The Uyghur Human Rights Project releases a report on the limits placed on environmental activism among Uyghurs
Charge: Splittism, leaking state secrets and organizing an illegal demonstration
Sentence: Life imprisonment
Location: Xinjiang Women’s Prison, Urumchi
One of the many Uyghurs punished by Chinese authorities for voicing opinions online after the July 5 unrest is Gulmire Imin, a 32-year-old woman who was invited to become an administrator for the website Salkin after having published a number of poems on various Uyghur websites. Imin was arrested on July 14, 2009, but her family did not receive any official documents regarding her detention. On April 1, 2010, she was sentenced to life in prison. Imin was sentenced on the same day as her closed trial.
Prior to her sentencing, Imin was forced to make false statements on state television about her actions and the actions of her husband, who was living in Norway. Her remarks were included in a CCTV 4 program regarding the July 5 unrest. See The July 5 Riot from Start Part 1, Part 2 and Part 3.
In March 2012, the Working Group on Arbitrary Detention, comprising a panel of international human rights experts, rendered the opinion that Gulmire Imin’s detention is arbitrary. Regarding Imin’s case, the Working Group found China in contravention of articles 8, 9, 10 and 19 of the Universal Declaration of Human Rights.
In December 2012, Human Rights Watch awarded Gulmire Imin the Hellman/Hammett prize for her efforts to promote freedom of expression.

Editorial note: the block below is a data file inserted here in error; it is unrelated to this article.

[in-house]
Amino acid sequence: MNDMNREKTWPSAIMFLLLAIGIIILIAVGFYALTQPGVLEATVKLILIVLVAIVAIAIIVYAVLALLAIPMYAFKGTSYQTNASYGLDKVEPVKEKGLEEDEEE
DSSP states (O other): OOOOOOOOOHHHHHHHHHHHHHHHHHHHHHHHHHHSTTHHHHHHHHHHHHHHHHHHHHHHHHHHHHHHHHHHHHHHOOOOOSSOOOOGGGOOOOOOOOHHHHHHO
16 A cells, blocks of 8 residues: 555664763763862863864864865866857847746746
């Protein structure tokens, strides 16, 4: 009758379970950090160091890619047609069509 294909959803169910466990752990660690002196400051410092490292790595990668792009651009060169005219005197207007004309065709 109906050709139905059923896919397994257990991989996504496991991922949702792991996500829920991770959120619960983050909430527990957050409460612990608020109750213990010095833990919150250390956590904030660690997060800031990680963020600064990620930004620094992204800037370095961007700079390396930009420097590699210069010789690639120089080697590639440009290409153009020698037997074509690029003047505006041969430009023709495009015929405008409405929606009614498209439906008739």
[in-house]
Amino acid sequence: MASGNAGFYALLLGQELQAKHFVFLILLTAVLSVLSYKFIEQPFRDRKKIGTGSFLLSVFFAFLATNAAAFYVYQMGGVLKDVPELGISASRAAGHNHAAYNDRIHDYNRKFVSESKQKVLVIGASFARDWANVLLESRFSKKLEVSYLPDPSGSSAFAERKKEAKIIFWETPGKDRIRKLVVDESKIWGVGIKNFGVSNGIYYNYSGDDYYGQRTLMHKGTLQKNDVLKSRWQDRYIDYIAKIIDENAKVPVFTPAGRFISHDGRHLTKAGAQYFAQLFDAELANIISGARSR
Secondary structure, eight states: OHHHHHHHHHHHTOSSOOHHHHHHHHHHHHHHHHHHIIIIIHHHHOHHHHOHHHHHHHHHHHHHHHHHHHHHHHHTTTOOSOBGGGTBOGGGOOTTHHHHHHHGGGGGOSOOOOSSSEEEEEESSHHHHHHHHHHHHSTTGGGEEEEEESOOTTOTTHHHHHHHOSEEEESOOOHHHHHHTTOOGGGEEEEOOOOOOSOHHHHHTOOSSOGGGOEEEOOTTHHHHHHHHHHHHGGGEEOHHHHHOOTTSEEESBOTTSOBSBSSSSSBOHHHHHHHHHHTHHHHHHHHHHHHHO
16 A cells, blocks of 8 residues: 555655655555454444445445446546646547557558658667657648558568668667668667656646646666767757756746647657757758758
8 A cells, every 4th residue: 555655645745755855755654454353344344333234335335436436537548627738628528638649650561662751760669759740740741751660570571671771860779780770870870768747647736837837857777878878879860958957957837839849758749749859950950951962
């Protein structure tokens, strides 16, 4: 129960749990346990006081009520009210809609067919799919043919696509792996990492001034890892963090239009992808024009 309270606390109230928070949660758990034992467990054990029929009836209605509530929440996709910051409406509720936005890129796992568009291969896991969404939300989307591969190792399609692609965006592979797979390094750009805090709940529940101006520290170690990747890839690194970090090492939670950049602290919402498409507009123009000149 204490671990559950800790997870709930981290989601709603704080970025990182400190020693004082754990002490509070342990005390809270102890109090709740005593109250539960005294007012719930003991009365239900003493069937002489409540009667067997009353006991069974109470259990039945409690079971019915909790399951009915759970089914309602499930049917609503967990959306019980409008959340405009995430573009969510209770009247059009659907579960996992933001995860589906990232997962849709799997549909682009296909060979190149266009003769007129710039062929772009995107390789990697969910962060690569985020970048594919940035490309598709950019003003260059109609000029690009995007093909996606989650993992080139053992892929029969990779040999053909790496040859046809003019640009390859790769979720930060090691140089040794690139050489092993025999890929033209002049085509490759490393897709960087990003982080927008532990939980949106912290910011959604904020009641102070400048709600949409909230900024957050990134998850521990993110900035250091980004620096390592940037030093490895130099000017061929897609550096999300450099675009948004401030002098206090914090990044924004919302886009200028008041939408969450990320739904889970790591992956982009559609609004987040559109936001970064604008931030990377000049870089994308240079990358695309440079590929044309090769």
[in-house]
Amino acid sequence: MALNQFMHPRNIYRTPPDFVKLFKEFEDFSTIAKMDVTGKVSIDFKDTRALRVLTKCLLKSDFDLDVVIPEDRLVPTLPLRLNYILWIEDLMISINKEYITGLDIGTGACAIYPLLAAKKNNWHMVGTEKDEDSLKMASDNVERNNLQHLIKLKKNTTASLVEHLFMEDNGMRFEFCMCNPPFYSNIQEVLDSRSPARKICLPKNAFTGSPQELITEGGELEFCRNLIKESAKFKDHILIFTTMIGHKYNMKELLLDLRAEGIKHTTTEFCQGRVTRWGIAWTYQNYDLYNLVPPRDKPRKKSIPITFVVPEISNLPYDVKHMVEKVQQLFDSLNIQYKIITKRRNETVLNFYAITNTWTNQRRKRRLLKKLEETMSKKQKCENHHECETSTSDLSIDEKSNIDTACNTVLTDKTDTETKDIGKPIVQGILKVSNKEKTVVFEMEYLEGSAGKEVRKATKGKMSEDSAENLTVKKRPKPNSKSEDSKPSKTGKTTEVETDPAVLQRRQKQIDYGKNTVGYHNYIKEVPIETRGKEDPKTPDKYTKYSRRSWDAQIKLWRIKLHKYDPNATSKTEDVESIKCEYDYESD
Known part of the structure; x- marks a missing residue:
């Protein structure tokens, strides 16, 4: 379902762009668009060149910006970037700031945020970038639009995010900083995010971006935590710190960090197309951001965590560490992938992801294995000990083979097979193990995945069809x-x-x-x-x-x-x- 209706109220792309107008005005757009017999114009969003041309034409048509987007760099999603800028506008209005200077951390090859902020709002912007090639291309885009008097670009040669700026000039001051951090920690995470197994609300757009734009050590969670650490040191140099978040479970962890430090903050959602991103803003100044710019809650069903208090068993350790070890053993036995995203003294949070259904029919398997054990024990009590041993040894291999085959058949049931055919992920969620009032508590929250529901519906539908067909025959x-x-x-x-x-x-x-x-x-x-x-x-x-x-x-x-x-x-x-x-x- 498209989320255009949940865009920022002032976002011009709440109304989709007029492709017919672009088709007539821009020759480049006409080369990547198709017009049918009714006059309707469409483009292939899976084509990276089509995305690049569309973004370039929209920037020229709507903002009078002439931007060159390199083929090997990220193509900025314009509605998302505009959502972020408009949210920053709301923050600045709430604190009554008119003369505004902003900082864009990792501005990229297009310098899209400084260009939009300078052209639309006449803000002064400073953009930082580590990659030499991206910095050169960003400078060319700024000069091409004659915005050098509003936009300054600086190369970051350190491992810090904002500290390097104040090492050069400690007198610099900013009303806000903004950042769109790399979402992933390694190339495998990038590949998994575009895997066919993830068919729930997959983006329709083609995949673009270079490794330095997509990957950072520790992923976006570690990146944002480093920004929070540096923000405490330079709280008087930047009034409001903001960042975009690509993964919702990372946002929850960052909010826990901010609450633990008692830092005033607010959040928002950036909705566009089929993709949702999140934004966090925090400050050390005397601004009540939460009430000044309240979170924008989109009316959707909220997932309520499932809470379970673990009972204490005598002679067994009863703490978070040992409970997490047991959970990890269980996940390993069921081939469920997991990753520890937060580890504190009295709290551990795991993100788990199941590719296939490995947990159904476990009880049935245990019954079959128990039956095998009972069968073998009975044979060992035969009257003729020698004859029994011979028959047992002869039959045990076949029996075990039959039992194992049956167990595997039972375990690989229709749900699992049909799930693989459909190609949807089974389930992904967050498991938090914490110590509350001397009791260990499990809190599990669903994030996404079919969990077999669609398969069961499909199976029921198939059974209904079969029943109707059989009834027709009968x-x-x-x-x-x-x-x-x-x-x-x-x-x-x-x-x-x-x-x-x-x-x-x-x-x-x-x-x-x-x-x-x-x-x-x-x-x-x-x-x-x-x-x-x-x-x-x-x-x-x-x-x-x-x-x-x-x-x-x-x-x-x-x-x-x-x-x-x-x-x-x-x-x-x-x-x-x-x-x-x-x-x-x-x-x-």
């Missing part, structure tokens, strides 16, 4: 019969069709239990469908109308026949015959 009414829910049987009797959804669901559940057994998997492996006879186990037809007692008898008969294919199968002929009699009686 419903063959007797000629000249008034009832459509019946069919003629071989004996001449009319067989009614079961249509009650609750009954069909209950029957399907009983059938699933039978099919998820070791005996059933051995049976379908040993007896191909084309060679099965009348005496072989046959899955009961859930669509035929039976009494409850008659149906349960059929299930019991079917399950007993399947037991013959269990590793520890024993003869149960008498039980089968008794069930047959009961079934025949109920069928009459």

The Chinese authorities frequently target Uyghurs for their online activity. Since the outbreak of unrest in 2009 in East Turkestan’s regional capital of Urumchi, several Uyghur webmasters and bloggers have been imprisoned. In the wake of the unrest, an unprecedented 10-month shutdown of the Internet in the Uyghur region was put into effect. When the Internet returned over 80% of Uyghur websites had been deleted.
Although new Uyghur websites have been developed since 2009, the crackdown has led to increased self censorship. Chinese sites are also more likely to censor posts by or about Uyghurs. Finally, Uyghurs activists are actively silenced online by targeted cyberattacks.
Please read UHRP’s report on Internet freedom in East Turkestan to learn more about the severe limits placed on Uyghur freedom of speech and association online.
Sign UHRP's petition to release all 8 prisoners in this campaign
Uyghur Web Moderators Get Life (Radio Free Asia, 2010)
The plight of Uyghur writers imprisoned in China (Uyghur PEN, 2012)
Throttling Dissent: China’s New Leaders Refine Internet Control (Freedom House, 2013)
Welcome to the Uighur Web (Foreign Policy, 2014)
How China Dismantled the Uyghur Internet (The Diplomat, 2014)
New study: Activists pose easy target for nation-state attackers (Ars Technica, August 12, 2014)